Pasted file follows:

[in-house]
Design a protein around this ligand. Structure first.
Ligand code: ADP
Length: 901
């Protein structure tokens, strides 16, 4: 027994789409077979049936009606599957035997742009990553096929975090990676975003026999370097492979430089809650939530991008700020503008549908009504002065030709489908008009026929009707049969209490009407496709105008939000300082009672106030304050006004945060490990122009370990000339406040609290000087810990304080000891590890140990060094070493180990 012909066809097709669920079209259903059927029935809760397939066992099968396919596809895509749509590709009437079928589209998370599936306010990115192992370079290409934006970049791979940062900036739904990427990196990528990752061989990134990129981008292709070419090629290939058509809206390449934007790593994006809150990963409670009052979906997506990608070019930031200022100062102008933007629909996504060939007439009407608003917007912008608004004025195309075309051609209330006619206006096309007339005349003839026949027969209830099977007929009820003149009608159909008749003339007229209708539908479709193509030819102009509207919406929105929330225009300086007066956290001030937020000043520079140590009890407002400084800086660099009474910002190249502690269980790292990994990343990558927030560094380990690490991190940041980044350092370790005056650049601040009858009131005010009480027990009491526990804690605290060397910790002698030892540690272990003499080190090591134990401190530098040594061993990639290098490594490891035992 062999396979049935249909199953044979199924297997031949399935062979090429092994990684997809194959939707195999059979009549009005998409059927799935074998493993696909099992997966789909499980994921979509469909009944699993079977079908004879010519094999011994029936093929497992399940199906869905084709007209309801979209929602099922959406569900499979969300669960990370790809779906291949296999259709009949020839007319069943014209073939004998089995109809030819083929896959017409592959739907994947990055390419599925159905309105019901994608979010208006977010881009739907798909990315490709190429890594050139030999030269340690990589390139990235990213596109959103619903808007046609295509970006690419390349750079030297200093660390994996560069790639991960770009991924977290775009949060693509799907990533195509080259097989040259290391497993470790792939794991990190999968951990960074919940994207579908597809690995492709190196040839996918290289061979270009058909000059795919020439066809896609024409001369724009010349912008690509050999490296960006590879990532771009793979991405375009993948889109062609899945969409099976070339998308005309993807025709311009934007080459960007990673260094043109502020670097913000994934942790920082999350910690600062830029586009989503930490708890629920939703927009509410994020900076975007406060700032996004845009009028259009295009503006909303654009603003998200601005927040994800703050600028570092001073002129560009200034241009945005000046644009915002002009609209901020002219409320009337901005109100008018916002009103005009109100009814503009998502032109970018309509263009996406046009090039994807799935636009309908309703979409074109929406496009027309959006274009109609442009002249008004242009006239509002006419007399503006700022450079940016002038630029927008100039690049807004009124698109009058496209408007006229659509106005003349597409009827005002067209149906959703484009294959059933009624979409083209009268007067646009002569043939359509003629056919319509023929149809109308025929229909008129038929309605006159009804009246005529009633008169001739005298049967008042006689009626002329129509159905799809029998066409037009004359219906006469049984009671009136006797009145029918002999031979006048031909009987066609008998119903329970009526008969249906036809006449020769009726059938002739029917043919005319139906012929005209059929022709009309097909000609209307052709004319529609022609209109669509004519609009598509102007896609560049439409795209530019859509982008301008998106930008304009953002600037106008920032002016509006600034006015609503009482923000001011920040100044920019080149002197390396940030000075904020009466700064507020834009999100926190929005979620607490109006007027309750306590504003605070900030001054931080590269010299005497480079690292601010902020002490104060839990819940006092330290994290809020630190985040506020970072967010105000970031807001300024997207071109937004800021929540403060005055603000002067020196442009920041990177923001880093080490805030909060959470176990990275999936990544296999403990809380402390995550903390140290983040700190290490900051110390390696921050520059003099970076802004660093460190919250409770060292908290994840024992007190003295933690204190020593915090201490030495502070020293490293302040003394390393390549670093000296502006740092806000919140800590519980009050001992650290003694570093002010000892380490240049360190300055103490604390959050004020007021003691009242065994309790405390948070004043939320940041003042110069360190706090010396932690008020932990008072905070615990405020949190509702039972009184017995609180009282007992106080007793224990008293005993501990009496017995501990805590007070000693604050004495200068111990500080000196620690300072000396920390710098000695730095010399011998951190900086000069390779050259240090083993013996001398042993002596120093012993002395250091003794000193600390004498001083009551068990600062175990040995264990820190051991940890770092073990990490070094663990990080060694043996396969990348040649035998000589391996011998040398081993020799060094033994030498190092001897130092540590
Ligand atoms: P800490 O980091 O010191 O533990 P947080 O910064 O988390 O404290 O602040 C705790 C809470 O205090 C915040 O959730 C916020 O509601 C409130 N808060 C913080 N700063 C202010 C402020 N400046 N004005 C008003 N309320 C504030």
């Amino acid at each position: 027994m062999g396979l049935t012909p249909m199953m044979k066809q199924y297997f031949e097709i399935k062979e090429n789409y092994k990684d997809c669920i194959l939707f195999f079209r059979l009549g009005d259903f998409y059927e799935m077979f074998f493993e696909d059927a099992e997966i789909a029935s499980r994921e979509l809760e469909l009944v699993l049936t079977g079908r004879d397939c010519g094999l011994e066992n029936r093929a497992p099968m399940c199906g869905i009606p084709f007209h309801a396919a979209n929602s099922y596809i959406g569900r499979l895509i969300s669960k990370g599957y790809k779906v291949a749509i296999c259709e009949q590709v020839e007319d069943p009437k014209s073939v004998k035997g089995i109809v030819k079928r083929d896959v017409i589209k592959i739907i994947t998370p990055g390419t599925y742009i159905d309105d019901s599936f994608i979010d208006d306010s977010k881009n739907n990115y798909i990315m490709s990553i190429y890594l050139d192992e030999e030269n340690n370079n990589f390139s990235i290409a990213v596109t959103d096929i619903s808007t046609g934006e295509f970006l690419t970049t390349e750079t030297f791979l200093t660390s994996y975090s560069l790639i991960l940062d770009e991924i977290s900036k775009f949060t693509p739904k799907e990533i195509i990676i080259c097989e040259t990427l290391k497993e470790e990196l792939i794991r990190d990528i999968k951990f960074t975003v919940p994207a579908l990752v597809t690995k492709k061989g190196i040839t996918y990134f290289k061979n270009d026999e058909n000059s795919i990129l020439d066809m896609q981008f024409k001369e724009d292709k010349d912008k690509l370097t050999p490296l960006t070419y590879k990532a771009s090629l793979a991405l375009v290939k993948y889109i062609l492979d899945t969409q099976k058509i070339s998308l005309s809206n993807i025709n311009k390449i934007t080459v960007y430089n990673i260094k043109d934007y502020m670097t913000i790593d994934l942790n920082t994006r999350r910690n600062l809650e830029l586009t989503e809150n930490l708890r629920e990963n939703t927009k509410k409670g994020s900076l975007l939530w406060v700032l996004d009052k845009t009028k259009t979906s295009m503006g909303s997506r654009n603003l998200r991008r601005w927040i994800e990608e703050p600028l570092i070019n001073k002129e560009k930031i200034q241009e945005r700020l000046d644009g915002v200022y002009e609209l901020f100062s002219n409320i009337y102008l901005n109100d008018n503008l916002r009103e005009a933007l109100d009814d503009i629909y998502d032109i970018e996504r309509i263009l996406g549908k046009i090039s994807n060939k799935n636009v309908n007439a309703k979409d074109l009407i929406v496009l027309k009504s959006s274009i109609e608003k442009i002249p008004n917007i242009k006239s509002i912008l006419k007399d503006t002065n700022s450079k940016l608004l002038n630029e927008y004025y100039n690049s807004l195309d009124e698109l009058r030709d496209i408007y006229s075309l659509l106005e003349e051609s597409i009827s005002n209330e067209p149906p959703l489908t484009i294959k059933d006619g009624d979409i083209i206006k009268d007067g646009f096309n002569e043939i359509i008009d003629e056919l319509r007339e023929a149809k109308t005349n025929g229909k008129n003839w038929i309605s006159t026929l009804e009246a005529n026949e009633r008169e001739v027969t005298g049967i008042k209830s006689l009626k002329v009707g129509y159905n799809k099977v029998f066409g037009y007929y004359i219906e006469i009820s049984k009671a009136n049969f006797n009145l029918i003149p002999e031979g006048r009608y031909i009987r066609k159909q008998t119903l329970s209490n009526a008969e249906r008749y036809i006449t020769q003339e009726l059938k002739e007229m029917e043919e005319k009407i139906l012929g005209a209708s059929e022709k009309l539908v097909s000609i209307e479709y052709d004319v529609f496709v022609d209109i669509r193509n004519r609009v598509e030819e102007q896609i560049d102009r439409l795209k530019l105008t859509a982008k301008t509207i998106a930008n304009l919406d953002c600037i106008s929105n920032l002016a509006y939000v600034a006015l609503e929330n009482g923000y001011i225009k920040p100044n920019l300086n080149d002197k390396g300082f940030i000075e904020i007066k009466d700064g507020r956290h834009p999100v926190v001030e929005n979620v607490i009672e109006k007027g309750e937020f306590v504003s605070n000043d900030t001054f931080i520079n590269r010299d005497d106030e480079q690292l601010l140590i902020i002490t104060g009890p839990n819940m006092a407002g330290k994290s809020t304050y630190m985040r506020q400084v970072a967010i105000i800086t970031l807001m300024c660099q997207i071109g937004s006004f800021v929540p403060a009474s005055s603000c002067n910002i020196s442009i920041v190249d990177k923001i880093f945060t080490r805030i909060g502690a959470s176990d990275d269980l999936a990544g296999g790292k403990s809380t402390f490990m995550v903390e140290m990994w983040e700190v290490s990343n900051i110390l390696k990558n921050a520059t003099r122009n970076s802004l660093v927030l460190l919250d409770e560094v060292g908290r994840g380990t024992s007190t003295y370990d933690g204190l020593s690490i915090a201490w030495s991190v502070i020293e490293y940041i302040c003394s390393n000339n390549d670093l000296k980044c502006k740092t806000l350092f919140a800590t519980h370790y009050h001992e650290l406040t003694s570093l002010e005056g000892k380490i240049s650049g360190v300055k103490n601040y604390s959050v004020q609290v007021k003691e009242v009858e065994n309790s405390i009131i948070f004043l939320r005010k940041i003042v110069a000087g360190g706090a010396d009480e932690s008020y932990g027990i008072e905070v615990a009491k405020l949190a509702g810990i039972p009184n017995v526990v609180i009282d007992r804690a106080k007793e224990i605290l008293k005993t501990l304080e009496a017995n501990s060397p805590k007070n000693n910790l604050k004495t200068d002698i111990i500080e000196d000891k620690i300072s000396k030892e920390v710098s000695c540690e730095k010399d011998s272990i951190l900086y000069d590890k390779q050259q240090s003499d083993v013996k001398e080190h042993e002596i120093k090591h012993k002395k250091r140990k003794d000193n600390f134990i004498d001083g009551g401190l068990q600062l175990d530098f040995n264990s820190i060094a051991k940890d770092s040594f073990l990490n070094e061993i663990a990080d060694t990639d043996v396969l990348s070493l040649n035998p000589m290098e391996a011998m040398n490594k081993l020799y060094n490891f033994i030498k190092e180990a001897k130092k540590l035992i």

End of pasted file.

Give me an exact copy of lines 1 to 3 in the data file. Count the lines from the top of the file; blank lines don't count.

[in-house]
Design a protein around this ligand. Structure first.
Ligand code: ADP